Sanofi enlists for top Army hospital’s fight against Zika virus


Lending its vaccines expertise to a leading Zika candidate, Sanofi ($SNY) has teamed up with the U.S. Army’s Walter Reed Army Institute of Research to guide an inactivated Zika vaccine candidate through clinical development.

Through the partnership, WRAIR will transfer its Zika vaccine technology--dubbed Zika purified inactivated virus (ZPIV)--to Sanofi while the French pharma preps for Phase II testing and formulates an overall development strategy. Simultaneously, the WRAIR-partnered National Institute of Allergy and Infectious Diseases will sponsor a Phase I trial as the vaccine becomes one of the first to reach the human testing stage.

Sanofi will continue to develop its own Zika vaccine through in-house technology, hoping to leverage decades of experience in dengue fever, a flavivirus similar to Zika. Sanofi’s Dengvaxia became the first licensed dengue fever vaccine late last year and has so far notched 5 approvals.

In Zika, the company is “looking at this from both a short- and long-term perspective, collaborating to get into the clinic quicker to provide a vaccine in response to the current emergency, and adapting our own technology to ensure production capacity of a vaccine for years to come,” Sanofi Pasteur SVP of R&D John Shiver said in a statement.

Last month, WRAIR reported that two candidates--one a DNA vaccine and another an inactivated Zika vaccine--it tested with collaborators at Beth Israel Deaconess Medical Center protected mice that were exposed to the virus. WRAIR elected to move forward with the ZPIV candidate, Zika program head Col. Stephen Thomas said, to avoid the potential for licensing delays that could come with advancing an unproven technology.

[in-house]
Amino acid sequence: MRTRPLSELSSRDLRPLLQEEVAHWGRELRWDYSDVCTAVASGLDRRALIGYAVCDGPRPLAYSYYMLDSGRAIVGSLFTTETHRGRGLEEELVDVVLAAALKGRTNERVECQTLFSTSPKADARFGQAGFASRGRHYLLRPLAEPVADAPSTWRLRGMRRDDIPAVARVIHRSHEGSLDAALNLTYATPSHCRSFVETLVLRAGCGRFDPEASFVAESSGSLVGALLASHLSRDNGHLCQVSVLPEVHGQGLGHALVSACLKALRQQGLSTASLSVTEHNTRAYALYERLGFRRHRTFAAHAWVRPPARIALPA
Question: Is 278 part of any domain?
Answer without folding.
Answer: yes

With its Sanofi partnership, WRAIR and its U.S. government collaborators get access to new resources in a deal that could reshape the Zika vaccines field. Also racing in the effort is Inovio Pharmaceuticals ($INO), which last month became the first to move its candidate into human trials; more than a dozen other companies and organizations are involved in the effort.

Sanofi is the largest drugmaker working on a Zika vaccine, with its peers Merck ($MRK), Pfizer ($PFE), GlaxoSmithKline ($GSK) and Johnson & Johnson ($JNJ) evaluating their options, according to past reports. However, some experts have suggested that drugmakers are hesitant to fully commit to Zika  R&D while they wait to see if there’s a large enough market for a vaccine to recoup its costs.

- here's Sanofi's release
- and WRAIR's statement on its testing

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